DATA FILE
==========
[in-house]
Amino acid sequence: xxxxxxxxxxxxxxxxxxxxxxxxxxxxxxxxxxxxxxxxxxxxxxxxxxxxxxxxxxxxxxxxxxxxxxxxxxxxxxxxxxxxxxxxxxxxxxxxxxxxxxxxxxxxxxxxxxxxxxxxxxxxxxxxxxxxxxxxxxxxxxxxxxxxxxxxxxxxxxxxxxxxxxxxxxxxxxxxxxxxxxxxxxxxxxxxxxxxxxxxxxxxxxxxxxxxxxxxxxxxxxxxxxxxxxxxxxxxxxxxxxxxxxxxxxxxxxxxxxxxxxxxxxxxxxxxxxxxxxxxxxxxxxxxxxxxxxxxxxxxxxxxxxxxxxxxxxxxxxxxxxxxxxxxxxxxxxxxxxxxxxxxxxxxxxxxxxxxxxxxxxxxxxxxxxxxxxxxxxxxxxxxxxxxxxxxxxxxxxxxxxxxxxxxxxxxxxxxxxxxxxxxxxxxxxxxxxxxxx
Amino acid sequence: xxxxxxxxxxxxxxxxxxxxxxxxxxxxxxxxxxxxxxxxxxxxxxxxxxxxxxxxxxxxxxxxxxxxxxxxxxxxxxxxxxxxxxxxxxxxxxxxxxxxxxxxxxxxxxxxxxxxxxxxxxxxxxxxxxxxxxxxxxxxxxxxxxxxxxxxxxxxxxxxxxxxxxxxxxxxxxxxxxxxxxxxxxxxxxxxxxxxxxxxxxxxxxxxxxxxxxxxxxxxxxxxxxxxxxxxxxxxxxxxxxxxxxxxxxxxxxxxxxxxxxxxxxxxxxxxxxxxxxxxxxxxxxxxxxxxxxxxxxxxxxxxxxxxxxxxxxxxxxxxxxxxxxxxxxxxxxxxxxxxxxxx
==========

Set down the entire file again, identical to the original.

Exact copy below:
[in-house]
Amino acid sequence: xxxxxxxxxxxxxxxxxxxxxxxxxxxxxxxxxxxxxxxxxxxxxxxxxxxxxxxxxxxxxxxxxxxxxxxxxxxxxxxxxxxxxxxxxxxxxxxxxxxxxxxxxxxxxxxxxxxxxxxxxxxxxxxxxxxxxxxxxxxxxxxxxxxxxxxxxxxxxxxxxxxxxxxxxxxxxxxxxxxxxxxxxxxxxxxxxxxxxxxxxxxxxxxxxxxxxxxxxxxxxxxxxxxxxxxxxxxxxxxxxxxxxxxxxxxxxxxxxxxxxxxxxxxxxxxxxxxxxxxxxxxxxxxxxxxxxxxxxxxxxxxxxxxxxxxxxxxxxxxxxxxxxxxxxxxxxxxxxxxxxxxxxxxxxxxxxxxxxxxxxxxxxxxxxxxxxxxxxxxxxxxxxxxxxxxxxxxxxxxxxxxxxxxxxxxxxxxxxxxxxxxxxxxxxxxxxxxxxx
Amino acid sequence: xxxxxxxxxxxxxxxxxxxxxxxxxxxxxxxxxxxxxxxxxxxxxxxxxxxxxxxxxxxxxxxxxxxxxxxxxxxxxxxxxxxxxxxxxxxxxxxxxxxxxxxxxxxxxxxxxxxxxxxxxxxxxxxxxxxxxxxxxxxxxxxxxxxxxxxxxxxxxxxxxxxxxxxxxxxxxxxxxxxxxxxxxxxxxxxxxxxxxxxxxxxxxxxxxxxxxxxxxxxxxxxxxxxxxxxxxxxxxxxxxxxxxxxxxxxxxxxxxxxxxxxxxxxxxxxxxxxxxxxxxxxxxxxxxxxxxxxxxxxxxxxxxxxxxxxxxxxxxxxxxxxxxxxxxxxxxxxxxxxxxxxx